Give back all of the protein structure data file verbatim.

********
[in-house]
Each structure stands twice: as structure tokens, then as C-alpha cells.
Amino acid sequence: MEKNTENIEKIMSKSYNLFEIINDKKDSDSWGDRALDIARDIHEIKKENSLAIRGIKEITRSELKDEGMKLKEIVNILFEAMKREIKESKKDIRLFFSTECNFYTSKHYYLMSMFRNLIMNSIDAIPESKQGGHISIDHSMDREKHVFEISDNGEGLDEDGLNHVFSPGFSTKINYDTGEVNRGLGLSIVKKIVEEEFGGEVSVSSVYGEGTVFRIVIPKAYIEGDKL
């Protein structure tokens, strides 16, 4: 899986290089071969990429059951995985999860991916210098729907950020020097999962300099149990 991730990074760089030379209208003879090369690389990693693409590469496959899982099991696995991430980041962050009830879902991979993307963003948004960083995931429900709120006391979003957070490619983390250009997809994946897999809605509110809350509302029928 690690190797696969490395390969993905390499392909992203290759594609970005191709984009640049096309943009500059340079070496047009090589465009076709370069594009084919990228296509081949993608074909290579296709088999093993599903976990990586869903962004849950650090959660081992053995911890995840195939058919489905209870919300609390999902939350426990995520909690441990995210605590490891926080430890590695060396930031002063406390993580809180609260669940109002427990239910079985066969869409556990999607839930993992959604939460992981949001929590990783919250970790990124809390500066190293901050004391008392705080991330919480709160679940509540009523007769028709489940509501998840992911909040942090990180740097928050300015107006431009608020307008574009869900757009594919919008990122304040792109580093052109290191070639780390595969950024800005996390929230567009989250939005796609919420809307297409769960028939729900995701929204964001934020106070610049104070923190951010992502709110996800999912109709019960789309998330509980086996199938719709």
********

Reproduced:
[in-house]
Each structure stands twice: as structure tokens, then as C-alpha cells.
Amino acid sequence: MEKNTENIEKIMSKSYNLFEIINDKKDSDSWGDRALDIARDIHEIKKENSLAIRGIKEITRSELKDEGMKLKEIVNILFEAMKREIKESKKDIRLFFSTECNFYTSKHYYLMSMFRNLIMNSIDAIPESKQGGHISIDHSMDREKHVFEISDNGEGLDEDGLNHVFSPGFSTKINYDTGEVNRGLGLSIVKKIVEEEFGGEVSVSSVYGEGTVFRIVIPKAYIEGDKL
């Protein structure tokens, strides 16, 4: 899986290089071969990429059951995985999860991916210098729907950020020097999962300099149990 991730990074760089030379209208003879090369690389990693693409590469496959899982099991696995991430980041962050009830879902991979993307963003948004960083995931429900709120006391979003957070490619983390250009997809994946897999809605509110809350509302029928 690690190797696969490395390969993905390499392909992203290759594609970005191709984009640049096309943009500059340079070496047009090589465009076709370069594009084919990228296509081949993608074909290579296709088999093993599903976990990586869903962004849950650090959660081992053995911890995840195939058919489905209870919300609390999902939350426990995520909690441990995210605590490891926080430890590695060396930031002063406390993580809180609260669940109002427990239910079985066969869409556990999607839930993992959604939460992981949001929590990783919250970790990124809390500066190293901050004391008392705080991330919480709160679940509540009523007769028709489940509501998840992911909040942090990180740097928050300015107006431009608020307008574009869900757009594919919008990122304040792109580093052109290191070639780390595969950024800005996390929230567009989250939005796609919420809307297409769960028939729900995701929204964001934020106070610049104070923190951010992502709110996800999912109709019960789309998330509980086996199938719709």